William Dargue A History of BIRMINGHAM Places & Placenames from A to Y
B5 - Grid reference SP070863
This City Centre location was originally a medieval hyrst, a 'wooded hill', here a gentle slope up from the River Rea. A lane to the fields behind Smallbrook Street appears on a map of 1731 which is shown as Hurst Street by 1792. The wood may have been at the City end of Hurst Street.
The Birmingham back-to-backs at the corner of Hurst Street and Inge Street are the last survivors of many thousands of such houses built in the city during the 19th century. They were given a Grade II Listing in 1988, restored by the Birmingham Conservation Trust and opened to the public by the National Trust in 2004. Each of the houses is furnished in the style of a different period: c1840, c1870, c1930 and c1970.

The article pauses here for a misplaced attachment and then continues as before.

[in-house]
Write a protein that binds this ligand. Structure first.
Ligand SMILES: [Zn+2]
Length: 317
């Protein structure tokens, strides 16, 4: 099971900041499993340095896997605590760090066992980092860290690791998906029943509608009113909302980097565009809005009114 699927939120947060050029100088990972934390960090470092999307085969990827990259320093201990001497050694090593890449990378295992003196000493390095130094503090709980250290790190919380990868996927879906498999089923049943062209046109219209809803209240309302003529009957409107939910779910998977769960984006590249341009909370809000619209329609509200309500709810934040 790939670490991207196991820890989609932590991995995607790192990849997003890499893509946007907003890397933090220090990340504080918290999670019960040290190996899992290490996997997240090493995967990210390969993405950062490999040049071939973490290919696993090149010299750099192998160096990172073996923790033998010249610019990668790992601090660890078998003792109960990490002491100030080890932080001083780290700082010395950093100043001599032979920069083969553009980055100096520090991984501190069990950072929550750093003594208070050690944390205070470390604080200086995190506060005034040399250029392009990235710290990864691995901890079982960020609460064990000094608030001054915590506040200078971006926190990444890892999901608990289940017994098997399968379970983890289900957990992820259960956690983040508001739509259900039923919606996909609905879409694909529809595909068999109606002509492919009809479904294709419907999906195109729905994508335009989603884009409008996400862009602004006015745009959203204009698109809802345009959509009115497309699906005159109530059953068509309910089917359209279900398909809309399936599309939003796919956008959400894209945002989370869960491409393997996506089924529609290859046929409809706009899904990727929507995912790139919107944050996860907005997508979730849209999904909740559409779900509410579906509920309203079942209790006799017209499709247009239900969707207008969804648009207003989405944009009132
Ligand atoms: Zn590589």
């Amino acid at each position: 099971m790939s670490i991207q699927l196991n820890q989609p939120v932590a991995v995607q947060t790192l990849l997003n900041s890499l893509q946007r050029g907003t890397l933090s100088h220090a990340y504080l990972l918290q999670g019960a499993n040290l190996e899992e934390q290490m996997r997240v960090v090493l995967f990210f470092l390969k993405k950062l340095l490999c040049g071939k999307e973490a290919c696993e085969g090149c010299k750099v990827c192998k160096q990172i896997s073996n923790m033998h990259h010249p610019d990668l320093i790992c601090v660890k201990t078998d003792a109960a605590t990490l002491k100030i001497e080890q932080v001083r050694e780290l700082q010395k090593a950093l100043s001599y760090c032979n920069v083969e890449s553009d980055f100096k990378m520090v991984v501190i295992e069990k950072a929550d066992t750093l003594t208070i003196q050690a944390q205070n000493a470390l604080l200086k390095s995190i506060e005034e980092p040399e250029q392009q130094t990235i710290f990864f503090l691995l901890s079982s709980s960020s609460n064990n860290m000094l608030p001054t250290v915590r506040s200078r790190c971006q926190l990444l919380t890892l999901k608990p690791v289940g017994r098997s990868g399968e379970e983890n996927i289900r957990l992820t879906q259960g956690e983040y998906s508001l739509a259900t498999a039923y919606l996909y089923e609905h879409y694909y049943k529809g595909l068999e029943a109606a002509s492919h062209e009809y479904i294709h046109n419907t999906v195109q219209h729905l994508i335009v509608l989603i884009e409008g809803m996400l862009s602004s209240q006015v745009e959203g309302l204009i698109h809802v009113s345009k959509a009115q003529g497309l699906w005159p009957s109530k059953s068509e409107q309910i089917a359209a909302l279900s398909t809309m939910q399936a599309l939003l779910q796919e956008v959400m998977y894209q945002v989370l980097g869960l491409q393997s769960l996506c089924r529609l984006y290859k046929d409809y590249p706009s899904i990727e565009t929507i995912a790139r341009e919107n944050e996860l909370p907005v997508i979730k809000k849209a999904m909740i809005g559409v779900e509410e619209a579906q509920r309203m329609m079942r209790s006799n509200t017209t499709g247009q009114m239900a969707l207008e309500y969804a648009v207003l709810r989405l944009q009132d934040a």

Built between 1800 and 1830 they were occupied by workers involved in a variety of trades including button-making, glasswork, leatherwork, tailoring, woodwork. Many worked from home. By 1900, the ground floors of the houses had been converted into shops; there was a bicycle maker, a hairdresser's, a fruit shop and a furniture dealer. Most of the buildings were still occupied as homes until 1966 when they were declared unfit to live in.
Click tio enlarge the images in the Gallery below.
William Dargue 28.03.2009/ 03.08.2010
For 19th-century Ordnance Survey maps of Birmingham go to British History Online.